Before the council's Economic Development Committee got 'round to talking about Dallas's employment figures -- and it was a brief briefing -- familiar Unfair Park figure Karl Zavitkovsky, head of the Office of Economic Development, gave the council an hour-long-plus overview of what his office of up to -- everything from trying to sell Southern Dallas to develop downtown to raise money to recruit businesses. His bullet points are here, along with maps showing how and where public money's being spread around the city (or not, as Ann Margolin pointed out).
And while the discussion was all over the place, two things kept coming up: the Inland Port, which has stalled out for myriad reasons (Richard Allen's bankruptcy, too much SALT) and Executive Airport. Tennell Atkins, who chairs the committee, asked Zavitkovsky to come back to the committee next month with a full Inland Port briefing: "The port was set up for warehouse and distribution development," he said. "and I feel like if we don't go back and look at what's going on there, we'll be that far behind." Schutze has already reserved a seat.
Zavitkovsky also mentioned during his briefing that Executive Airport and Love Field need to be better leveraged in terms of economic development. At which point it was revealed that the reason Executive Airport isn't used the way it should be -- or the way city officials had hoped as recently as December -- is because its runaways are just too damned short. At which point, Atkins explained that "during the Super Bowl, we found out it's the best airport around, but we have a length problem." Hey, now.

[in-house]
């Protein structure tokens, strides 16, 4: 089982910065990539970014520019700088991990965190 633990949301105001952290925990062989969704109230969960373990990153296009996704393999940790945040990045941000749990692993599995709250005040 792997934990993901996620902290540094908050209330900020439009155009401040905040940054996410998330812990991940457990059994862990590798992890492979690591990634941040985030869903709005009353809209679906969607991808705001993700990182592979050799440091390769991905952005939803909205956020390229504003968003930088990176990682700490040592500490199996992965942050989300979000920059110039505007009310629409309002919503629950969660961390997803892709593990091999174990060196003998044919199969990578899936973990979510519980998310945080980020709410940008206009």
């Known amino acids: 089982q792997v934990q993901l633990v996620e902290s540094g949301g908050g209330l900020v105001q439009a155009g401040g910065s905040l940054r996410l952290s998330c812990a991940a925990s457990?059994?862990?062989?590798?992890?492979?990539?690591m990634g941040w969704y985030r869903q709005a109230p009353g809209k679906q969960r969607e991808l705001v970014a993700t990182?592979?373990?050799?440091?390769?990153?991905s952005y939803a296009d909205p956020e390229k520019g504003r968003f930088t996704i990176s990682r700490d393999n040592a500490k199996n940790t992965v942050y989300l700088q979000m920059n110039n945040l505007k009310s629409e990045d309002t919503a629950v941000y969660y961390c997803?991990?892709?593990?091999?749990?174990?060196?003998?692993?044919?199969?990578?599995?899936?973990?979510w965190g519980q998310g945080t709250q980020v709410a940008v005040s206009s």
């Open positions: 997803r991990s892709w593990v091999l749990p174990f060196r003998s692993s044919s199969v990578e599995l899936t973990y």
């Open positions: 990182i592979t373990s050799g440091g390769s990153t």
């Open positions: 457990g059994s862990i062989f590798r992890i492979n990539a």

"We've got land out there across the road, what are we going with it?" said Sheffie Kadane, who's particularly fixated on the subject. "I see that being a hot spot." So much so he wants Executive to siphon off planes presently flying into Addison Airport.
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"That's the reason we've targeted it," Zavitkovsky said. "We feel like it's a very underutilized resource and agree with Mr. Atkins in regards to the length of the runway with regard to private jets." At which point Assistant City Manager Ryan Evans said the city could fund a runway extension by partnering with the Federal Aviation Administration or using revenue bonds through the aviation department.
"Look at McKinney," Kadane said. "We don't go to the FAA money. Instead of everything going to Love, we need to separate the two. That is a revenue generator there, and non-aviation land could go to the general fund and increase property tax."
Evans said, fact is "we could also use the sale of land to the private sector to help fund infrastructure." Especially if private and cargo planes started using Executive regularly. Executive Airport will also come to the committee as its own briefing, said Atkins, sooner than later.
Now to the employment briefing: The council was just told by Daniel Oney, the OED researcher, that there will be "no recession for the next three to six months" in Dallas. Whew? Or not: "We're still not doing as well as the suburbs or the state."